If you’ve been stuck in Novice for a decade, you might be inclined to ask why they call it Elementary when it seems so hard to graduate to this level. It’s possibly because unless you’ve established the basics in Novice, the Elementary tests may seem filled with intimidating new work. But the truth is all of these movements have their foundations in your earliest training. Your horse’s strength, balance and response to your aids should result in a simple transition to this more demanding work.
Up a notch
One of the first things you’ll notice is that things start to move a bit faster – where you may have had a full length of arena to lengthen a canter, now you’ll be expected to execute two or three movements in the same space. This will characterise your rise through the grades – each new level puts greater emphasis on the degree of communication and response to the aids; it’s the ultimate test of how well you and your horse can ‘speak’ to each other.
Interestingly, even if you reach the highest levels of dressage, it will still be the basics that underpin the most advanced movements. And if you don’t believe this, watch a Grand Prix test and see how much attention is paid to a simple rein-back.
As in Novice, there are seven Elementary tests – 1, 2, 3, 4, 5, 6 with a Freestyle and you now have the option of using a snaffle or a simple double bridle. Whip and spurs if required. Note, it is only from Elementary that rules dictate use of a dressage saddle, so you may have been performing quite happily in a GP until now. You’ll probably appreciate it, since now you’ll be riding your tests in sitting trot!
Again, judges will be paying attention to your horse’s rhythm, straightness and balance, along with cadence, elasticity, suppleness and engagement. While your horse’s self-carriage was tested in the ‘stretchy’ trot in Novice, in Elementary you’ll test it by giving the rein on a 20m circle in the canter.
The work you introduced in Novice will now be developed further. The subtle counter canter you rode on the curve through X will now be ridden on a 20m circle followed by a simple change of leg, testing your horse’s suppleness and obedience to the canter aid. You’ll also start to ride 10m canter half circles – the next step in your journey to the canter pirouette and a true test of your horse’s strength and balance. You’ll help him in his understanding of the concept when you start working on the turn on the haunches, which, along with the rein-back will develop his ability to collect and activate his hind leg. This will be useful as you start to ride collected gaits.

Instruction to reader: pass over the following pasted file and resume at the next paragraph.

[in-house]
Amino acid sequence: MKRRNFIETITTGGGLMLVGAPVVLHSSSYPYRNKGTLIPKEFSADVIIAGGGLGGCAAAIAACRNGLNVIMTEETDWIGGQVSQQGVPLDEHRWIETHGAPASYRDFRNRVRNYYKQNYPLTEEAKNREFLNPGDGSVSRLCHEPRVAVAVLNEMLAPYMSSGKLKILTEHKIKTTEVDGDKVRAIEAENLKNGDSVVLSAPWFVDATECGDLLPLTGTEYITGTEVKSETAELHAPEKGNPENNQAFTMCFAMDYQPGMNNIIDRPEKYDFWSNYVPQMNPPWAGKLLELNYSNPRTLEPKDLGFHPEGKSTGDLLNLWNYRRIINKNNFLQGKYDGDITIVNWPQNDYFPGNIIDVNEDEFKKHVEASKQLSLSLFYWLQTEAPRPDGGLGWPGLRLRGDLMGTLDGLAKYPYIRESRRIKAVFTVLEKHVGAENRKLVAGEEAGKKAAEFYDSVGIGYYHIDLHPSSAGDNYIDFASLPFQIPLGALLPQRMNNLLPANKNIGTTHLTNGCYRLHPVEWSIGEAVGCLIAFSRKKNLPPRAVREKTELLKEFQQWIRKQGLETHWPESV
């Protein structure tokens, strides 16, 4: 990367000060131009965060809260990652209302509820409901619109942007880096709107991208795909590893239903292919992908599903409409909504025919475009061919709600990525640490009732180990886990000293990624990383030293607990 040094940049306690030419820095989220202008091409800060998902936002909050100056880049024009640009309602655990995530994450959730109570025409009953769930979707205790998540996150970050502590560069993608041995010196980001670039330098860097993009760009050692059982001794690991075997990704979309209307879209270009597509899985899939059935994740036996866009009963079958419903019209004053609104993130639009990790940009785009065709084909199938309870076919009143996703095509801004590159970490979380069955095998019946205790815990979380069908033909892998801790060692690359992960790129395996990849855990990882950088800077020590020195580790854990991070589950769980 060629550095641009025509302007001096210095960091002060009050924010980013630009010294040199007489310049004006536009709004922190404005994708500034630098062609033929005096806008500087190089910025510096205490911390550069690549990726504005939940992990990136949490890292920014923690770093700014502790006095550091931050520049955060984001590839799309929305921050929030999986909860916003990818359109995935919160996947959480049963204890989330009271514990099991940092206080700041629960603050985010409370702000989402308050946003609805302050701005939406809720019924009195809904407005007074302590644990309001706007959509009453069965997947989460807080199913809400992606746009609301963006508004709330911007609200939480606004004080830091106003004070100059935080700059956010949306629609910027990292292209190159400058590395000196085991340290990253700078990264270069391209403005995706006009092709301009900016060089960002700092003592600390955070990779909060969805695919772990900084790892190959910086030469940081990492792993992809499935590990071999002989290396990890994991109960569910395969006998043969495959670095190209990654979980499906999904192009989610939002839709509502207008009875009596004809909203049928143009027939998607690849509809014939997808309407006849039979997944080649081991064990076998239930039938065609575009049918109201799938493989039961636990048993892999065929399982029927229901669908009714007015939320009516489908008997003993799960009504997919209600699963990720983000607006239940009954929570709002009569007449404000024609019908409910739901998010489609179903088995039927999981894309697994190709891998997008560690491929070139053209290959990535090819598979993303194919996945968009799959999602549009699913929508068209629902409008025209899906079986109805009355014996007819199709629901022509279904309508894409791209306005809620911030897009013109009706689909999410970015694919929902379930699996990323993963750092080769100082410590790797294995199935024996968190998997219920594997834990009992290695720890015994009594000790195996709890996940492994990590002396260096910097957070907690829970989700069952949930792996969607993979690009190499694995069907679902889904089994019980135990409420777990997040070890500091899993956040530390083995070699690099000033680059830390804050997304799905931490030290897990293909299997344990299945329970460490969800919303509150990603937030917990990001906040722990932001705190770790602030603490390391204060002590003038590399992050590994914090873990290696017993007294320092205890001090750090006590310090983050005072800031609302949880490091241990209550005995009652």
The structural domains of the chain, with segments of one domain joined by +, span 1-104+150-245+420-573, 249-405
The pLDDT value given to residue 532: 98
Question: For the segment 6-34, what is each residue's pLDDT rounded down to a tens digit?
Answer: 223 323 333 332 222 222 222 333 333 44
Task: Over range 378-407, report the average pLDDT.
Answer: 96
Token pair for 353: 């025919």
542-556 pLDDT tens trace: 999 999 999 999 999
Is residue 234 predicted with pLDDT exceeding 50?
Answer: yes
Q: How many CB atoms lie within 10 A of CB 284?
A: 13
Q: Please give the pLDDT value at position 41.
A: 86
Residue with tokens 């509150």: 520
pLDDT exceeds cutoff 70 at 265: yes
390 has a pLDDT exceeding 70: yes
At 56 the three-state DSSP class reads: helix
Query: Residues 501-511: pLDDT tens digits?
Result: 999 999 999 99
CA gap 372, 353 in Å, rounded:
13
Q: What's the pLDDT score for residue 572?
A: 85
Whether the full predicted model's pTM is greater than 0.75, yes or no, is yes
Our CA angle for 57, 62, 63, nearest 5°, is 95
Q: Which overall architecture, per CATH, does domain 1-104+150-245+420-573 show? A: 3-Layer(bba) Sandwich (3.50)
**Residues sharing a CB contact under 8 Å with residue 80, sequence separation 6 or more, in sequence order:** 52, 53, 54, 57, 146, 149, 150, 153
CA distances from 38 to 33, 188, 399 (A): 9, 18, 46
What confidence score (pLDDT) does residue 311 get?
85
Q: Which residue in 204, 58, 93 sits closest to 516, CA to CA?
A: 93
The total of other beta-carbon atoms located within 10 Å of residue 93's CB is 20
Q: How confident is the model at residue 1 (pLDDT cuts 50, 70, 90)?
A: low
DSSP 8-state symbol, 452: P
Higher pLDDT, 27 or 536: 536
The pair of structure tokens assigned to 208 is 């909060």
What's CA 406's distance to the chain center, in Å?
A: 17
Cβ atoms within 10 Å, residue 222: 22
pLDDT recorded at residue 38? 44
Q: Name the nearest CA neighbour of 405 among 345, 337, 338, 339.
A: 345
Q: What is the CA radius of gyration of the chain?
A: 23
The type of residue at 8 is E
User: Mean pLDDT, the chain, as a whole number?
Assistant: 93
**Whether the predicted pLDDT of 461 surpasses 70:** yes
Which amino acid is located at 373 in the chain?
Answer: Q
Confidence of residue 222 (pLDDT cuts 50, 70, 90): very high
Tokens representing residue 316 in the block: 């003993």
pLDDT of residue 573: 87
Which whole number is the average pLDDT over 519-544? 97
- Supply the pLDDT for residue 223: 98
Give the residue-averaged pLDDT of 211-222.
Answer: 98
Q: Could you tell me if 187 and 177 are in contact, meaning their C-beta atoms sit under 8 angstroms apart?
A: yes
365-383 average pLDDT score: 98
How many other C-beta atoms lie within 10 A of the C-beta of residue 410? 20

Can your horse cope?
If you’re serious about keeping your equine athlete happy and working well – and let’s face it who isn’t – you’ll have noticed that it’s not enough to simply practice your flatwork every day. Your horse may benefit from cross-training to help build fitness and develop muscle power – hacking out, hill work and pole work can all help. Dressage may seem sedate but it actually requires incredible levels of strength and stamina.
Also, depending on your horse’s age and conformation, you may need to enlist the help of various specialists to keep him strong and sound. Farriers, vets, physios and other equine body workers can all play a role as you begin to learn that successful competing sometimes requires a team effort. As you become more finely attuned to how your horse’s body moves, you’ll realise that there are times that he could be performing more happily. Consider your own discomfort if you were attempting lateral work with a pinched nerve or misaligned spine – sometimes just the discomfort of simple muscle strain can cause resistance. Definitely a good reason to call in an expert, and even learn some maintenance skills yourself. Yet another way to bond!
You will advance through the grades by accumulating points at shows. From Novice to Elementary Medium, points are accumulated in the following way:
55% to 59% – 1 point
60% to 64% – 2 points
65% to 69% – 3 points
70% to 74% – 4 points
75% and above – 5 points
Your horse will be required to attain a minimum of 10 points and a maximum of 100 points to move up – this means that you can spend a little longer in a grade if you’d like more time to establish your work at that level.
Next month we’ll look at the Elementary-Medium classes.Want to try it out? Recreational membership is free! Visit www.dressagesa.com for contact information.